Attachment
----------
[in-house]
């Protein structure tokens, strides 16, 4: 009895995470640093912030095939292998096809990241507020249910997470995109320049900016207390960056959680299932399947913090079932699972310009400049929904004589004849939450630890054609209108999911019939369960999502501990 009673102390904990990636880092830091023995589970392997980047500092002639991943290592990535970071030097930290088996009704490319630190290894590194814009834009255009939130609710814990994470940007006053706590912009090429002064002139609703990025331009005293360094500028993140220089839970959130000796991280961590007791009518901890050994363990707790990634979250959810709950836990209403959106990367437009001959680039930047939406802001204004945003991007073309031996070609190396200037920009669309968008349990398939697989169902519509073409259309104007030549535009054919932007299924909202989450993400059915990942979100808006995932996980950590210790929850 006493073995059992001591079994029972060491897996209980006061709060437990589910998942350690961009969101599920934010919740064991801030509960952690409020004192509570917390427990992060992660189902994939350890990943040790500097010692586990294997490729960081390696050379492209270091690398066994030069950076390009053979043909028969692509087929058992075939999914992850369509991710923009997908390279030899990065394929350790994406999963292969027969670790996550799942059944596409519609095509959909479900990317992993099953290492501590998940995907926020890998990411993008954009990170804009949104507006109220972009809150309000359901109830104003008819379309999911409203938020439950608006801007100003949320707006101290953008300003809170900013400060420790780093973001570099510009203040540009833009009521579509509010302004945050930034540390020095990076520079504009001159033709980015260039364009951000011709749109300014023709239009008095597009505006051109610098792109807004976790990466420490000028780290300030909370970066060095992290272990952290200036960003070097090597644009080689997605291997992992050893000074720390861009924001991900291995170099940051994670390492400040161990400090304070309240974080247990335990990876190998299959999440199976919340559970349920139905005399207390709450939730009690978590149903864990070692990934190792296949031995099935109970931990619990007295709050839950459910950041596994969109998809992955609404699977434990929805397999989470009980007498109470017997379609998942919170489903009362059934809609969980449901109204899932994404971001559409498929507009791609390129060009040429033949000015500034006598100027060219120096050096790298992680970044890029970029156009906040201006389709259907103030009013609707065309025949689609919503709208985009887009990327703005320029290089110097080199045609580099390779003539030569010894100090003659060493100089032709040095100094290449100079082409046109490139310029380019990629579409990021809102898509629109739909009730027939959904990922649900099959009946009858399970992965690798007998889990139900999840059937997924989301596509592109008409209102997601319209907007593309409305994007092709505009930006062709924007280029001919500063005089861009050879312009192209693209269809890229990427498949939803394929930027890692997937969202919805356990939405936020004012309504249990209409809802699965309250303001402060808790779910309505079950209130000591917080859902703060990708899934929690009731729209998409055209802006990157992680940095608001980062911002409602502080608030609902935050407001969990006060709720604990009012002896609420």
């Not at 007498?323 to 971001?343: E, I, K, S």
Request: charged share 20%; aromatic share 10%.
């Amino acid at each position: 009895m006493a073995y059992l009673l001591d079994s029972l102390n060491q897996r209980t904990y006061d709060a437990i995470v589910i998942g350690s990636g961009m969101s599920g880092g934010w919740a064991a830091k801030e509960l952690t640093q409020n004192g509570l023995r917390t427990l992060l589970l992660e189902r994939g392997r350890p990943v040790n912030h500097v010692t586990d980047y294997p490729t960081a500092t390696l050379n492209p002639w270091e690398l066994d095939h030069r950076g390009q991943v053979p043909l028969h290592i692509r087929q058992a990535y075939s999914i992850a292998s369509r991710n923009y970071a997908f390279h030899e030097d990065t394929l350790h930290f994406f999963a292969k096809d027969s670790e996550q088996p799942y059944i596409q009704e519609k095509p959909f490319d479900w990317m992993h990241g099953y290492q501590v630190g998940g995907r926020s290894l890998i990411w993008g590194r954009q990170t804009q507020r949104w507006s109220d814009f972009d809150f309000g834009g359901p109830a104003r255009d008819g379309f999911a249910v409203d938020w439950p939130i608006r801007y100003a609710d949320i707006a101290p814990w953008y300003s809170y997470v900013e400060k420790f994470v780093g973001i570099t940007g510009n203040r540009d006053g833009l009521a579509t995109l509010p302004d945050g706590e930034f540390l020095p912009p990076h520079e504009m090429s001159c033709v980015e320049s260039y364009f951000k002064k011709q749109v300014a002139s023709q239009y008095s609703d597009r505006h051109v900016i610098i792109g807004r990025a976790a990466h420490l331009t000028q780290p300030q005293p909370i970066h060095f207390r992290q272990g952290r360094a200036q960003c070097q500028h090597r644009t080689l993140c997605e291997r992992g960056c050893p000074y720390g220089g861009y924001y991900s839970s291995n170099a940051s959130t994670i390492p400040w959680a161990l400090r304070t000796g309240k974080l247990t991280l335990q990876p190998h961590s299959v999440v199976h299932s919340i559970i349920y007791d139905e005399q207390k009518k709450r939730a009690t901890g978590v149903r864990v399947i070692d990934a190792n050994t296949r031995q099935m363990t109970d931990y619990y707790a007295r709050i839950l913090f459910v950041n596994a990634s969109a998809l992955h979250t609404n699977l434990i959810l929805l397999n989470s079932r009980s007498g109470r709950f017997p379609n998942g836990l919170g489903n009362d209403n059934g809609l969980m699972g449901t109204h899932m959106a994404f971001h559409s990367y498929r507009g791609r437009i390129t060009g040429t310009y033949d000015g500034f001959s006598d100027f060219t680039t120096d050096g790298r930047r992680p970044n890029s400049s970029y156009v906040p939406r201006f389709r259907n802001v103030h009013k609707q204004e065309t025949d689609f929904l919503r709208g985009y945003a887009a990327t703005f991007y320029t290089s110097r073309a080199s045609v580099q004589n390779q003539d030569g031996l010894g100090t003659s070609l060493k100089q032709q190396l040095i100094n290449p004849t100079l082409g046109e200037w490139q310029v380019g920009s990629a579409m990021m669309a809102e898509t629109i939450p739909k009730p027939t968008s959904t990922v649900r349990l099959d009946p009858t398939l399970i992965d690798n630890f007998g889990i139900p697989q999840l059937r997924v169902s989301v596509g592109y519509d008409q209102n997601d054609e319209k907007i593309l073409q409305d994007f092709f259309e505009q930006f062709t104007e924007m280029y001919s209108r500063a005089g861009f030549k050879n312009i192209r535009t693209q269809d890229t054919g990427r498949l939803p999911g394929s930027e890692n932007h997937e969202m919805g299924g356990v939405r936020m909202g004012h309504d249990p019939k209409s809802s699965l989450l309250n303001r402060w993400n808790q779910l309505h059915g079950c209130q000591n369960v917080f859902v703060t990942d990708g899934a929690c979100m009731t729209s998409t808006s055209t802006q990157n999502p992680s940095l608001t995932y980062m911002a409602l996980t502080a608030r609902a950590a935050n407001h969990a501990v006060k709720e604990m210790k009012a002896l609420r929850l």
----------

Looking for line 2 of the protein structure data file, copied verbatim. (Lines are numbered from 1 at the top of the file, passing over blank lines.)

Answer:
């Protein structure tokens, strides 16, 4: 009895995470640093912030095939292998096809990241507020249910997470995109320049900016207390960056959680299932399947913090079932699972310009400049929904004589004849939450630890054609209108999911019939369960999502501990 009673102390904990990636880092830091023995589970392997980047500092002639991943290592990535970071030097930290088996009704490319630190290894590194814009834009255009939130609710814990994470940007006053706590912009090429002064002139609703990025331009005293360094500028993140220089839970959130000796991280961590007791009518901890050994363990707790990634979250959810709950836990209403959106990367437009001959680039930047939406802001204004945003991007073309031996070609190396200037920009669309968008349990398939697989169902519509073409259309104007030549535009054919932007299924909202989450993400059915990942979100808006995932996980950590210790929850 006493073995059992001591079994029972060491897996209980006061709060437990589910998942350690961009969101599920934010919740064991801030509960952690409020004192509570917390427990992060992660189902994939350890990943040790500097010692586990294997490729960081390696050379492209270091690398066994030069950076390009053979043909028969692509087929058992075939999914992850369509991710923009997908390279030899990065394929350790994406999963292969027969670790996550799942059944596409519609095509959909479900990317992993099953290492501590998940995907926020890998990411993008954009990170804009949104507006109220972009809150309000359901109830104003008819379309999911409203938020439950608006801007100003949320707006101290953008300003809170900013400060420790780093973001570099510009203040540009833009009521579509509010302004945050930034540390020095990076520079504009001159033709980015260039364009951000011709749109300014023709239009008095597009505006051109610098792109807004976790990466420490000028780290300030909370970066060095992290272990952290200036960003070097090597644009080689997605291997992992050893000074720390861009924001991900291995170099940051994670390492400040161990400090304070309240974080247990335990990876190998299959999440199976919340559970349920139905005399207390709450939730009690978590149903864990070692990934190792296949031995099935109970931990619990007295709050839950459910950041596994969109998809992955609404699977434990929805397999989470009980007498109470017997379609998942919170489903009362059934809609969980449901109204899932994404971001559409498929507009791609390129060009040429033949000015500034006598100027060219120096050096790298992680970044890029970029156009906040201006389709259907103030009013609707065309025949689609919503709208985009887009990327703005320029290089110097080199045609580099390779003539030569010894100090003659060493100089032709040095100094290449100079082409046109490139310029380019990629579409990021809102898509629109739909009730027939959904990922649900099959009946009858399970992965690798007998889990139900999840059937997924989301596509592109008409209102997601319209907007593309409305994007092709505009930006062709924007280029001919500063005089861009050879312009192209693209269809890229990427498949939803394929930027890692997937969202919805356990939405936020004012309504249990209409809802699965309250303001402060808790779910309505079950209130000591917080859902703060990708899934929690009731729209998409055209802006990157992680940095608001980062911002409602502080608030609902935050407001969990006060709720604990009012002896609420």